Conflicts of Interest

No potential conflict of interest relevant to this article was reported.

Acknowledgements

This study was supported in part by the Research Fund of the Korean Society of Ultrasound in Medicine.

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A 27-day-old boy with visible common bile duct (CBD) on ultrasonography (US) (group A).

A. Mucosa, wall, and outer margin of the gallbladder look normal. Gallbladder length was measured about 20.3 mm. B. After an oral feeding, the gallbladder contracts. C. CBD is visible, and its diameter is being measured (crosshairs). D. Triangular cord thickness is 3.4 mm (crosshairs), which is less than the cut-off value of 4 mm. E. Hepatic subcapsular flow is evident on the color Doppler US. F. Operative cholangiogram shows patent CBD (arrow) without the filling of the common hepatic duct, confirming type IIIa biliary atresia.
usg-14016-f1.gif
Fig. 1.

A 49-day-old boy with invisible common bile duct (CBD) on ultrasonography (US) (group B).

A. Gallbladder length is 12.8 mm (crosshairs). The mucosal lining and the outer margin of the gallbladder are relatively smooth with a distinct wall. Postprandial gallbladder evaluation was not done. B. CBD is invisible in the pancreatic head portion. C. Triangular cord thickness is 5.3 mm (crosshairs), which is larger than the cut-off value of 4 mm. D. Hepatic subcapsular flow is evident on the color Doppler US. E. Operative cholangiogram shows a patent CBD (arrow) without a visible common hepatic duct, confirming type IIIa biliary atresia.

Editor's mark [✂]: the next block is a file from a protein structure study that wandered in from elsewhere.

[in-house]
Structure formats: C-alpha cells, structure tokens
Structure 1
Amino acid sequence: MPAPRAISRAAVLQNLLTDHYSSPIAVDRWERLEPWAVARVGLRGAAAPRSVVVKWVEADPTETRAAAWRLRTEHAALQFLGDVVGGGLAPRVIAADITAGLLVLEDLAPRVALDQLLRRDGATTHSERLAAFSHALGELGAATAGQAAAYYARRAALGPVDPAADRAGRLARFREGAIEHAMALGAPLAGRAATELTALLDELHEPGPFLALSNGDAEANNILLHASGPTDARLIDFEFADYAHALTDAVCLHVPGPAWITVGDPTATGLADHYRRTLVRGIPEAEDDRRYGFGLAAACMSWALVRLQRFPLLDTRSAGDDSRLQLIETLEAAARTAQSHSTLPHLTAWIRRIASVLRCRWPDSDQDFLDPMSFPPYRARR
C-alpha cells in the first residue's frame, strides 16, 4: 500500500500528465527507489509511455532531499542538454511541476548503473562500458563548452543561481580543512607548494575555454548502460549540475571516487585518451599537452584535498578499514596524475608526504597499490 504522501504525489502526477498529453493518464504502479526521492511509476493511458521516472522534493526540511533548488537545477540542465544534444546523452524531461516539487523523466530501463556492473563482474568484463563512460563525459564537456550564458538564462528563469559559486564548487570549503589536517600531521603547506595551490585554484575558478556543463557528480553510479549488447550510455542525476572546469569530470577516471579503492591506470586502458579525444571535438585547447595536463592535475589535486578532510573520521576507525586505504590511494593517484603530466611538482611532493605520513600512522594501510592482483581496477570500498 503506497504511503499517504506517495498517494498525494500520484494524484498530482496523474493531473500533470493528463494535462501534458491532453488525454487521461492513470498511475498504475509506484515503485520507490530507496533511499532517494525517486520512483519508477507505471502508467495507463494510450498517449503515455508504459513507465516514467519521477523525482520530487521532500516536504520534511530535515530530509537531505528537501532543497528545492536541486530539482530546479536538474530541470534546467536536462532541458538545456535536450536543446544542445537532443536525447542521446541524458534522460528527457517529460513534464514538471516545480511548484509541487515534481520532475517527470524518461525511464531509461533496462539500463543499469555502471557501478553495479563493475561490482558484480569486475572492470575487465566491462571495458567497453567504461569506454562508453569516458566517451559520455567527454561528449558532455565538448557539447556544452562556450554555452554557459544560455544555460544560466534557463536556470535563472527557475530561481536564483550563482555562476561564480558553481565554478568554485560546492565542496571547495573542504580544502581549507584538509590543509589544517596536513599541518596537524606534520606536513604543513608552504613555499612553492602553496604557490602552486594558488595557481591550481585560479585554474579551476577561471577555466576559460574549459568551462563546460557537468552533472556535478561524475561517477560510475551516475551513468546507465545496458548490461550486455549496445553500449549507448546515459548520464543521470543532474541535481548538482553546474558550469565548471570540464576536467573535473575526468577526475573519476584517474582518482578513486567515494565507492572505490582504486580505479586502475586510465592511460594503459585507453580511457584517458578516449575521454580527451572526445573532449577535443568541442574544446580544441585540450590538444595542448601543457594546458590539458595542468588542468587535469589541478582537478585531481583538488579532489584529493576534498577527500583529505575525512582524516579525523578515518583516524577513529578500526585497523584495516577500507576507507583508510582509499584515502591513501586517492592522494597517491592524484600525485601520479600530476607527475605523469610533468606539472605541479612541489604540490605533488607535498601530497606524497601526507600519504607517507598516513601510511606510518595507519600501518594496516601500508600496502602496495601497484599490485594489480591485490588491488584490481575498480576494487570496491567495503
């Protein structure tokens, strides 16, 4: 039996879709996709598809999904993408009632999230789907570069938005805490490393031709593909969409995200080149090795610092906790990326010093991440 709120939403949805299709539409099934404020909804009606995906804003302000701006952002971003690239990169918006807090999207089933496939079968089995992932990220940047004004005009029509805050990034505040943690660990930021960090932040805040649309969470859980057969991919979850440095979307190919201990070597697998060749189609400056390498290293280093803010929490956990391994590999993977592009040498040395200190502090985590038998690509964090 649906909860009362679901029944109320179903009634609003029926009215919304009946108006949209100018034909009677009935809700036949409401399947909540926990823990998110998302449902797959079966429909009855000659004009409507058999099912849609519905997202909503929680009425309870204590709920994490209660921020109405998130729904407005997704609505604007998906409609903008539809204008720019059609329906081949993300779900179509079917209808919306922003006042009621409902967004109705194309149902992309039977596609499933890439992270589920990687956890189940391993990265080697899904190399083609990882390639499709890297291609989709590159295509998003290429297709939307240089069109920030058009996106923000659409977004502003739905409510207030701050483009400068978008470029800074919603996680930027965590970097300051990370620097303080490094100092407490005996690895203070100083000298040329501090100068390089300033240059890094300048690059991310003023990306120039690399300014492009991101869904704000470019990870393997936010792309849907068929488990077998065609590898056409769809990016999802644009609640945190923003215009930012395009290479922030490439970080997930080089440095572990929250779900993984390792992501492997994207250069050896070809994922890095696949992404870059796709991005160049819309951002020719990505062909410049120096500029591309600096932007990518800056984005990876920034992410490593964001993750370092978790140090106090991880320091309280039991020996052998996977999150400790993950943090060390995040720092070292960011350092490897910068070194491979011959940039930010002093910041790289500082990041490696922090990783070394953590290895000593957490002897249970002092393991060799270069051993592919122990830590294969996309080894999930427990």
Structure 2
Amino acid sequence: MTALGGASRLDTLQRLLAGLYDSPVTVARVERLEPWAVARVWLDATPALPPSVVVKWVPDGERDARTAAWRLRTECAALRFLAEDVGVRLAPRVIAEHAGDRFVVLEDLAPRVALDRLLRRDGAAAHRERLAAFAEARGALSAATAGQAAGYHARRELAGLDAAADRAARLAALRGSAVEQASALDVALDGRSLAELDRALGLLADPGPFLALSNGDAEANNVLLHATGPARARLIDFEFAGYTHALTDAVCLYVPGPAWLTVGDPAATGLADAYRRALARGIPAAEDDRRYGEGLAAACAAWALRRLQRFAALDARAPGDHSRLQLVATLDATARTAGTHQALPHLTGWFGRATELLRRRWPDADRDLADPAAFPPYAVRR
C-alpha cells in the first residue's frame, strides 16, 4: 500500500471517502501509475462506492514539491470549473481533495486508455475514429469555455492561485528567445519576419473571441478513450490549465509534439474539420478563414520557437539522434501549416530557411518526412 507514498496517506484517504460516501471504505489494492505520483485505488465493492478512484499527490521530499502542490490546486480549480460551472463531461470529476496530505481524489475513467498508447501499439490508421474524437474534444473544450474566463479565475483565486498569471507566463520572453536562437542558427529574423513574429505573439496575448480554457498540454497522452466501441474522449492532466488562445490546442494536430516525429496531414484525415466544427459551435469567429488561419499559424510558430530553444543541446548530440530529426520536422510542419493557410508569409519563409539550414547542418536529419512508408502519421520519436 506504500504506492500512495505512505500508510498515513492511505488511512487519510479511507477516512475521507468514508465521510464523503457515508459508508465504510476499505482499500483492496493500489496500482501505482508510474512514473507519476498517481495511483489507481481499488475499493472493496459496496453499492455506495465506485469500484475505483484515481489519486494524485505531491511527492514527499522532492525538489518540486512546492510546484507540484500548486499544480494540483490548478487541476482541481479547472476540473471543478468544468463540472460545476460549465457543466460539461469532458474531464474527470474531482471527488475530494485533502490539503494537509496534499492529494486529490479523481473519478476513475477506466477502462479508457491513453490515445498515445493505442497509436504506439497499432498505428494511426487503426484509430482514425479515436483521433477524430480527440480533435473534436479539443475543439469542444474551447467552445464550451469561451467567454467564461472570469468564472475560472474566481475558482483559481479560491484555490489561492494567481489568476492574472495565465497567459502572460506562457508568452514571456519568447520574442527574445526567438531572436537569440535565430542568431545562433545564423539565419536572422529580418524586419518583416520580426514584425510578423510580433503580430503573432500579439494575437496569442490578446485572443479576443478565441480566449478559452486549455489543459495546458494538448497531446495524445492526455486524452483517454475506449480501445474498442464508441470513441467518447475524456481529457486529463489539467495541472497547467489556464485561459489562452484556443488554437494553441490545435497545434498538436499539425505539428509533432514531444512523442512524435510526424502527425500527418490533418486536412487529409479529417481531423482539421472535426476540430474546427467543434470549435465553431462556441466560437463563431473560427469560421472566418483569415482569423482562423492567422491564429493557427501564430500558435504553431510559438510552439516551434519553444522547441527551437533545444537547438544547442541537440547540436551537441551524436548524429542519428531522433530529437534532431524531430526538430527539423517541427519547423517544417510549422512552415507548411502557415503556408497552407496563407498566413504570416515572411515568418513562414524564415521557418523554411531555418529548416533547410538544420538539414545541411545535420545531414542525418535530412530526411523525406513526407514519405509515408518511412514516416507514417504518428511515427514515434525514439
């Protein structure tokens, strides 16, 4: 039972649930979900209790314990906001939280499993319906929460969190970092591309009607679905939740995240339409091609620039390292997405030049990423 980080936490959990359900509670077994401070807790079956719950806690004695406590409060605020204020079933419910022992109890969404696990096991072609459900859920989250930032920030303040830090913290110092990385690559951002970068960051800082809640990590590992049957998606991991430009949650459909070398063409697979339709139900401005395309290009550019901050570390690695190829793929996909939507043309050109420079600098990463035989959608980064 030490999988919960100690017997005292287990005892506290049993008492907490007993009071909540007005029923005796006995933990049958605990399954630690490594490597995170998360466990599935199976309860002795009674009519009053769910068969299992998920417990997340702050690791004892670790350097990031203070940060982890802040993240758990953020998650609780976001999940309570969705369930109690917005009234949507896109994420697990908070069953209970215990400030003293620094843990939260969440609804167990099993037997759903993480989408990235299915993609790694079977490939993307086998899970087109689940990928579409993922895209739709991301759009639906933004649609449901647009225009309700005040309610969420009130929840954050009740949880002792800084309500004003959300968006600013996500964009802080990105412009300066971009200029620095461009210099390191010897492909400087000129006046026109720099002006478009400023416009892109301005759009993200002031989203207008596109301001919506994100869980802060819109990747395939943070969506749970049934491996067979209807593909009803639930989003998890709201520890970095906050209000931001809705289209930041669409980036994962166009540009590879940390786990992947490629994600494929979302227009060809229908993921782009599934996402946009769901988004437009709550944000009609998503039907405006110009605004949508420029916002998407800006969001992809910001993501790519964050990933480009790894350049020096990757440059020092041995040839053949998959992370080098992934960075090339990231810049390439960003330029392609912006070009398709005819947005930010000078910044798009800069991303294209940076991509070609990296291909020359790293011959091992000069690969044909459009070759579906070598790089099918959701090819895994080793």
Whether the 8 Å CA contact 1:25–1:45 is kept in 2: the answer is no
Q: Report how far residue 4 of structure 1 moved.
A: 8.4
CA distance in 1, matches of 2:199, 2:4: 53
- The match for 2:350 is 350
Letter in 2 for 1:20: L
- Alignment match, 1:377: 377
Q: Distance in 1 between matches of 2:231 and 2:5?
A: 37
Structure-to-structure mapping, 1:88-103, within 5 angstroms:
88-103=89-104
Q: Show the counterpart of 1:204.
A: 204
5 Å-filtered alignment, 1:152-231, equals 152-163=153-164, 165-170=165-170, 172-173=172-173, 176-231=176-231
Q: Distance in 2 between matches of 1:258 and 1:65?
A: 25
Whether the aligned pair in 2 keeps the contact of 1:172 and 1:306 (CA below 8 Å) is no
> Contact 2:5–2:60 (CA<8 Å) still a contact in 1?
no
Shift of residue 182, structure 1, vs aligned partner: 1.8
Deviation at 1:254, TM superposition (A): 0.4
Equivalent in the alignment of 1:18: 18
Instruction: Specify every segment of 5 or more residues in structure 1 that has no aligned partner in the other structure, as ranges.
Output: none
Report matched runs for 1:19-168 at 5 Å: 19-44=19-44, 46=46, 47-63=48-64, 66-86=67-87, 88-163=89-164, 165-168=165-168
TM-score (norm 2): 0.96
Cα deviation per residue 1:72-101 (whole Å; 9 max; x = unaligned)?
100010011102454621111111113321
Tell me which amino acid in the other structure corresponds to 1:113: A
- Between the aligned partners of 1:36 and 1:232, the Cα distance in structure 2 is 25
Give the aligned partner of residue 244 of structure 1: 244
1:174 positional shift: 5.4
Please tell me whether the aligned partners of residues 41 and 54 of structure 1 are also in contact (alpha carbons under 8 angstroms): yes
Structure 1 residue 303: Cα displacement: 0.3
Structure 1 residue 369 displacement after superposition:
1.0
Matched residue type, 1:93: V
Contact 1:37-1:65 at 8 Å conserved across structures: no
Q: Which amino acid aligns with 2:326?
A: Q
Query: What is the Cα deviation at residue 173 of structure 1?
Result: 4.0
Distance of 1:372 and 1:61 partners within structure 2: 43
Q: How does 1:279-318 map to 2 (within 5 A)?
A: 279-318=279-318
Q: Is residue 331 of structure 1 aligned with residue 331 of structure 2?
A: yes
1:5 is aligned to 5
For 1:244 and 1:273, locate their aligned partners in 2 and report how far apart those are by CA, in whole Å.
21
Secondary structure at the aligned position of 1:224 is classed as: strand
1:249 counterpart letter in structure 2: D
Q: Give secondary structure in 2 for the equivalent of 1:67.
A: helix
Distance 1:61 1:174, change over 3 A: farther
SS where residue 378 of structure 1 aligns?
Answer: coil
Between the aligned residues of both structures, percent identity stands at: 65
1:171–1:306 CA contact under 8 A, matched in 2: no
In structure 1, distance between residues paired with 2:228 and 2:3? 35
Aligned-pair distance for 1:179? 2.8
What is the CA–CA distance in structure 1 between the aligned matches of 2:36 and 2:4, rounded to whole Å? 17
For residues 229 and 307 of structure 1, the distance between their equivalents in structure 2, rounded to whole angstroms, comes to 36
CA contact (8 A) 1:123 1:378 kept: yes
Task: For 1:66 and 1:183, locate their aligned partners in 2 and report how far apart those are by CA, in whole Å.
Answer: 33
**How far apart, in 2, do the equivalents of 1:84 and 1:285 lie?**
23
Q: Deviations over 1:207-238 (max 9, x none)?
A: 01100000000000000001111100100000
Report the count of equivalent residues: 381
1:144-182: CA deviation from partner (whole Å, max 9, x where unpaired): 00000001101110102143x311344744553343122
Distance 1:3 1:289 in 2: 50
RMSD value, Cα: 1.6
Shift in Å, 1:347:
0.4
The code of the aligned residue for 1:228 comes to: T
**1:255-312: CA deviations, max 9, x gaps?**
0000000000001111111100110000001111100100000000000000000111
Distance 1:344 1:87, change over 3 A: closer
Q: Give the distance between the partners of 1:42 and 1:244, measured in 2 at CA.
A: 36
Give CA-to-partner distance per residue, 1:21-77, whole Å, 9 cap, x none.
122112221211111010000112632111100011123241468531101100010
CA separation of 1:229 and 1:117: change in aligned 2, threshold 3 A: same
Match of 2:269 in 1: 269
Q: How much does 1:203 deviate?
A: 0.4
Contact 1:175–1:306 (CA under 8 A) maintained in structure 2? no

usg-14016-f2.gif
Fig. 2.
Table 1.
Comparison between group A (visible CBD) and group B (invisible CBD) of clinical data, ultrasonographic findings, laboratory findings, and pathological results
Variable Group A (n= 5) Group B (n= 13) P-valuea)
Clinical data
  Sex (male: female) 4:1 6:7 0.314
  Age (day) 27 (11-51) 60 (22-100) 0.027
Ultrasonographic findings
 Triangular cord thickness (mm) 4.1 (3.4-4.1) 4.9 (4.0-7.3) 0.004
  Gallbladder length (mm) 20.0 (16.5-23.8) 11.7 (7.2-28.6) 0.021
  Gallbladder mucosal lining: discontinuous/absent 1 (20) 5 (38.5) 0.615
  Gallbladder wall: indistinct 0 1 (7.7) >0.999
  Gallbladder outer margin: irregular 0 0 -
  Positive subcapsular flow 5 (100) 13 (100) -
Laboratory data
 Total bilirubin (mg/dL) 8.7 (4.8-9.6) 7.7 (3.8-18.2) 0.805
  Direct bilirubin (mg/dL) 6.2 (3.3-7.4) 6.3 (2.9-14.7) 0.430
  Aspartate transaminase (IU/L) 57 (49-158) 149 (41-445) 0.084
  Alanine transaminase (IU/L) 37 (34-101) 131 (11-360) 0.104
γ-glutamyl transpeptidase (IU/L) 270 (109-938) 282 (102-1,055) 0.730
  Alakaline phosphatase (IU/L) 353 (232-505) 490 (298-1,001) 0.218
Pathological data (liver fibrosis grades) 0.246
  F1 1 (20.0) 0
  F2 4 (80.0) 9 (69.2)
  F3 0 2 (15.4)
  F4 0 2 (15.4)

Values are presented as number (%) or median (minimum-maximum value).

CBD, common bile duct.

a) P-values from Mann-Whitney U test for numerical variables and Fisher exact test for categorical variables except for liver fibrosis grades using Pearson chi-squared test.